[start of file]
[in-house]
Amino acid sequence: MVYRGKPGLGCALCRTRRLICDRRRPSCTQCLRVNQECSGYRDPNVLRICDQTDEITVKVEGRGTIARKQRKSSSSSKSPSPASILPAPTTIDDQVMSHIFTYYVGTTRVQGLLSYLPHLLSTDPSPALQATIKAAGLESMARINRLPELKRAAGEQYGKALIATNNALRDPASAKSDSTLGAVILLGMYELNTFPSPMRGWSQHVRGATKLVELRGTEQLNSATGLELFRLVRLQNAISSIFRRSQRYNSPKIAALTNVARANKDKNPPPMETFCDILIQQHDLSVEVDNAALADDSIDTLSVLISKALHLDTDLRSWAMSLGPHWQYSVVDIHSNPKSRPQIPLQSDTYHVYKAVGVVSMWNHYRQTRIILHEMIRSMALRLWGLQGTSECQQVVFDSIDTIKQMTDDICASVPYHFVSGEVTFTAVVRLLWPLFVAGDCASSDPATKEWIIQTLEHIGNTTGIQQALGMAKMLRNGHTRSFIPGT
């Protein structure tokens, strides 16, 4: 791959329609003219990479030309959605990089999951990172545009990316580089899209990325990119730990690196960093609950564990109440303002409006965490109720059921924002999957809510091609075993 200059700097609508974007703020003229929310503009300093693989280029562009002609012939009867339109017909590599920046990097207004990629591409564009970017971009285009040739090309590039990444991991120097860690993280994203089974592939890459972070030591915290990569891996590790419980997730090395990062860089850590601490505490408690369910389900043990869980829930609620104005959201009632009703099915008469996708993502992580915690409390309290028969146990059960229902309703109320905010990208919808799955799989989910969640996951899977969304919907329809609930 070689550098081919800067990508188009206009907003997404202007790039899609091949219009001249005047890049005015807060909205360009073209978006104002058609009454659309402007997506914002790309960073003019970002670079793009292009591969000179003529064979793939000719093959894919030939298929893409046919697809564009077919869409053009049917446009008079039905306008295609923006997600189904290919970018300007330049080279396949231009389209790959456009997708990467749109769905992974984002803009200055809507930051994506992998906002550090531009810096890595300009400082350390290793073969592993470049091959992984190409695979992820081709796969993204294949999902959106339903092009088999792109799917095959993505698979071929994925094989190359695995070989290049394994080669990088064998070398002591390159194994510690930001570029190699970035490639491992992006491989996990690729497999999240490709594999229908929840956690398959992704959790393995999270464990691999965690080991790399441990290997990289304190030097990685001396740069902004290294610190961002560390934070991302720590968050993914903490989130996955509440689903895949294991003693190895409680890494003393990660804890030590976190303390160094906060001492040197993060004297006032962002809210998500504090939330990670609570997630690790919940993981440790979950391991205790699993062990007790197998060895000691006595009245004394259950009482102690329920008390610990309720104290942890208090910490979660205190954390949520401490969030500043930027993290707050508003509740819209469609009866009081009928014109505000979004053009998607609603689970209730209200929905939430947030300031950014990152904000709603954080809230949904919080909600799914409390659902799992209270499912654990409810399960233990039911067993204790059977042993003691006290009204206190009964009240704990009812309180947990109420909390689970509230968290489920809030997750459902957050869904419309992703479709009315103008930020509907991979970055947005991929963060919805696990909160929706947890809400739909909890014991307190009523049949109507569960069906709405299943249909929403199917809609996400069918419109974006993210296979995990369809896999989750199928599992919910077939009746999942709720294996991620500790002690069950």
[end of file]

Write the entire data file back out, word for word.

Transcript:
[in-house]
Amino acid sequence: MVYRGKPGLGCALCRTRRLICDRRRPSCTQCLRVNQECSGYRDPNVLRICDQTDEITVKVEGRGTIARKQRKSSSSSKSPSPASILPAPTTIDDQVMSHIFTYYVGTTRVQGLLSYLPHLLSTDPSPALQATIKAAGLESMARINRLPELKRAAGEQYGKALIATNNALRDPASAKSDSTLGAVILLGMYELNTFPSPMRGWSQHVRGATKLVELRGTEQLNSATGLELFRLVRLQNAISSIFRRSQRYNSPKIAALTNVARANKDKNPPPMETFCDILIQQHDLSVEVDNAALADDSIDTLSVLISKALHLDTDLRSWAMSLGPHWQYSVVDIHSNPKSRPQIPLQSDTYHVYKAVGVVSMWNHYRQTRIILHEMIRSMALRLWGLQGTSECQQVVFDSIDTIKQMTDDICASVPYHFVSGEVTFTAVVRLLWPLFVAGDCASSDPATKEWIIQTLEHIGNTTGIQQALGMAKMLRNGHTRSFIPGT
């Protein structure tokens, strides 16, 4: 791959329609003219990479030309959605990089999951990172545009990316580089899209990325990119730990690196960093609950564990109440303002409006965490109720059921924002999957809510091609075993 200059700097609508974007703020003229929310503009300093693989280029562009002609012939009867339109017909590599920046990097207004990629591409564009970017971009285009040739090309590039990444991991120097860690993280994203089974592939890459972070030591915290990569891996590790419980997730090395990062860089850590601490505490408690369910389900043990869980829930609620104005959201009632009703099915008469996708993502992580915690409390309290028969146990059960229902309703109320905010990208919808799955799989989910969640996951899977969304919907329809609930 070689550098081919800067990508188009206009907003997404202007790039899609091949219009001249005047890049005015807060909205360009073209978006104002058609009454659309402007997506914002790309960073003019970002670079793009292009591969000179003529064979793939000719093959894919030939298929893409046919697809564009077919869409053009049917446009008079039905306008295609923006997600189904290919970018300007330049080279396949231009389209790959456009997708990467749109769905992974984002803009200055809507930051994506992998906002550090531009810096890595300009400082350390290793073969592993470049091959992984190409695979992820081709796969993204294949999902959106339903092009088999792109799917095959993505698979071929994925094989190359695995070989290049394994080669990088064998070398002591390159194994510690930001570029190699970035490639491992992006491989996990690729497999999240490709594999229908929840956690398959992704959790393995999270464990691999965690080991790399441990290997990289304190030097990685001396740069902004290294610190961002560390934070991302720590968050993914903490989130996955509440689903895949294991003693190895409680890494003393990660804890030590976190303390160094906060001492040197993060004297006032962002809210998500504090939330990670609570997630690790919940993981440790979950391991205790699993062990007790197998060895000691006595009245004394259950009482102690329920008390610990309720104290942890208090910490979660205190954390949520401490969030500043930027993290707050508003509740819209469609009866009081009928014109505000979004053009998607609603689970209730209200929905939430947030300031950014990152904000709603954080809230949904919080909600799914409390659902799992209270499912654990409810399960233990039911067993204790059977042993003691006290009204206190009964009240704990009812309180947990109420909390689970509230968290489920809030997750459902957050869904419309992703479709009315103008930020509907991979970055947005991929963060919805696990909160929706947890809400739909909890014991307190009523049949109507569960069906709405299943249909929403199917809609996400069918419109974006993210296979995990369809896999989750199928599992919910077939009746999942709720294996991620500790002690069950």